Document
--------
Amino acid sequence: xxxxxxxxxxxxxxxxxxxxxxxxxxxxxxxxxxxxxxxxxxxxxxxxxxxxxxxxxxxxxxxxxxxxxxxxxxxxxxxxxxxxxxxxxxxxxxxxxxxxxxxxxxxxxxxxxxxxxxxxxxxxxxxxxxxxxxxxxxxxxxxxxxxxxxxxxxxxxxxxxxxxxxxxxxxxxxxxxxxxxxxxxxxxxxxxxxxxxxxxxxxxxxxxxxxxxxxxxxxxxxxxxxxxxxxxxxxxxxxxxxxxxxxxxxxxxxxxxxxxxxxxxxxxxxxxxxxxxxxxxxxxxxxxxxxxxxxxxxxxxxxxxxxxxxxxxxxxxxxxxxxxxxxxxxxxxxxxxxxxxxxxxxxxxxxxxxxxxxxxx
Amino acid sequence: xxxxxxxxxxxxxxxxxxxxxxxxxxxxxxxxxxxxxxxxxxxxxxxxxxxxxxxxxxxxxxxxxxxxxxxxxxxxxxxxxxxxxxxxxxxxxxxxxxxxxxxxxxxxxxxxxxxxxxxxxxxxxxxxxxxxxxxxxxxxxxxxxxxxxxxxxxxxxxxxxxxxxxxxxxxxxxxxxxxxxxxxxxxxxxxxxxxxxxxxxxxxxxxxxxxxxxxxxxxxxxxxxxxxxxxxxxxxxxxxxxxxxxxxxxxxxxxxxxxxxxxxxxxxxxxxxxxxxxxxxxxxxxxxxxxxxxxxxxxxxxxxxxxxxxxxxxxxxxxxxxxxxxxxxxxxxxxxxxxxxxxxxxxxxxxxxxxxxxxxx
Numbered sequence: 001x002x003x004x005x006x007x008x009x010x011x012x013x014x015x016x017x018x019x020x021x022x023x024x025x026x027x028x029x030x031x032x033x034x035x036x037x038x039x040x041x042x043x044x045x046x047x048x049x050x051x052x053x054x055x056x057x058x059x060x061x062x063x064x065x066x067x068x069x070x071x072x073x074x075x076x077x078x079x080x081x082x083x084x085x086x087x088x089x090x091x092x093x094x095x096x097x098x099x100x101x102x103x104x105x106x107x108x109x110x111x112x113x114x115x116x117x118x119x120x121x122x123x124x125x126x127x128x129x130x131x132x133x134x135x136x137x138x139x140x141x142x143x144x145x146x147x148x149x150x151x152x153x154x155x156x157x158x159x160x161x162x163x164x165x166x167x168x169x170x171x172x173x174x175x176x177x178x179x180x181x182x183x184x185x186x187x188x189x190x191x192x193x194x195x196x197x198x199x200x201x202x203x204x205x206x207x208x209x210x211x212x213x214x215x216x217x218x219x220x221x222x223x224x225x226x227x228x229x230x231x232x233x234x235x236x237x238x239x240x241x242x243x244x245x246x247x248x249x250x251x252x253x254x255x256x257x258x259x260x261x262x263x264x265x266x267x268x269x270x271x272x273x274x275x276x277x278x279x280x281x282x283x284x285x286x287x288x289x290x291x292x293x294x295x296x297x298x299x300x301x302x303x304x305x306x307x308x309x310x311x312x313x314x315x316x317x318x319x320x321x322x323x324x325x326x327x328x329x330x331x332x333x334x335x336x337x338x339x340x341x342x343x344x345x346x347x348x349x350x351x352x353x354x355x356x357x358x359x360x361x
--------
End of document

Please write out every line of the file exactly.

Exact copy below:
Amino acid sequence: xxxxxxxxxxxxxxxxxxxxxxxxxxxxxxxxxxxxxxxxxxxxxxxxxxxxxxxxxxxxxxxxxxxxxxxxxxxxxxxxxxxxxxxxxxxxxxxxxxxxxxxxxxxxxxxxxxxxxxxxxxxxxxxxxxxxxxxxxxxxxxxxxxxxxxxxxxxxxxxxxxxxxxxxxxxxxxxxxxxxxxxxxxxxxxxxxxxxxxxxxxxxxxxxxxxxxxxxxxxxxxxxxxxxxxxxxxxxxxxxxxxxxxxxxxxxxxxxxxxxxxxxxxxxxxxxxxxxxxxxxxxxxxxxxxxxxxxxxxxxxxxxxxxxxxxxxxxxxxxxxxxxxxxxxxxxxxxxxxxxxxxxxxxxxxxxxxxxxxxxx
Amino acid sequence: xxxxxxxxxxxxxxxxxxxxxxxxxxxxxxxxxxxxxxxxxxxxxxxxxxxxxxxxxxxxxxxxxxxxxxxxxxxxxxxxxxxxxxxxxxxxxxxxxxxxxxxxxxxxxxxxxxxxxxxxxxxxxxxxxxxxxxxxxxxxxxxxxxxxxxxxxxxxxxxxxxxxxxxxxxxxxxxxxxxxxxxxxxxxxxxxxxxxxxxxxxxxxxxxxxxxxxxxxxxxxxxxxxxxxxxxxxxxxxxxxxxxxxxxxxxxxxxxxxxxxxxxxxxxxxxxxxxxxxxxxxxxxxxxxxxxxxxxxxxxxxxxxxxxxxxxxxxxxxxxxxxxxxxxxxxxxxxxxxxxxxxxxxxxxxxxxxxxxxxxx
Numbered sequence: 001x002x003x004x005x006x007x008x009x010x011x012x013x014x015x016x017x018x019x020x021x022x023x024x025x026x027x028x029x030x031x032x033x034x035x036x037x038x039x040x041x042x043x044x045x046x047x048x049x050x051x052x053x054x055x056x057x058x059x060x061x062x063x064x065x066x067x068x069x070x071x072x073x074x075x076x077x078x079x080x081x082x083x084x085x086x087x088x089x090x091x092x093x094x095x096x097x098x099x100x101x102x103x104x105x106x107x108x109x110x111x112x113x114x115x116x117x118x119x120x121x122x123x124x125x126x127x128x129x130x131x132x133x134x135x136x137x138x139x140x141x142x143x144x145x146x147x148x149x150x151x152x153x154x155x156x157x158x159x160x161x162x163x164x165x166x167x168x169x170x171x172x173x174x175x176x177x178x179x180x181x182x183x184x185x186x187x188x189x190x191x192x193x194x195x196x197x198x199x200x201x202x203x204x205x206x207x208x209x210x211x212x213x214x215x216x217x218x219x220x221x222x223x224x225x226x227x228x229x230x231x232x233x234x235x236x237x238x239x240x241x242x243x244x245x246x247x248x249x250x251x252x253x254x255x256x257x258x259x260x261x262x263x264x265x266x267x268x269x270x271x272x273x274x275x276x277x278x279x280x281x282x283x284x285x286x287x288x289x290x291x292x293x294x295x296x297x298x299x300x301x302x303x304x305x306x307x308x309x310x311x312x313x314x315x316x317x318x319x320x321x322x323x324x325x326x327x328x329x330x331x332x333x334x335x336x337x338x339x340x341x342x343x344x345x346x347x348x349x350x351x352x353x354x355x356x357x358x359x360x361x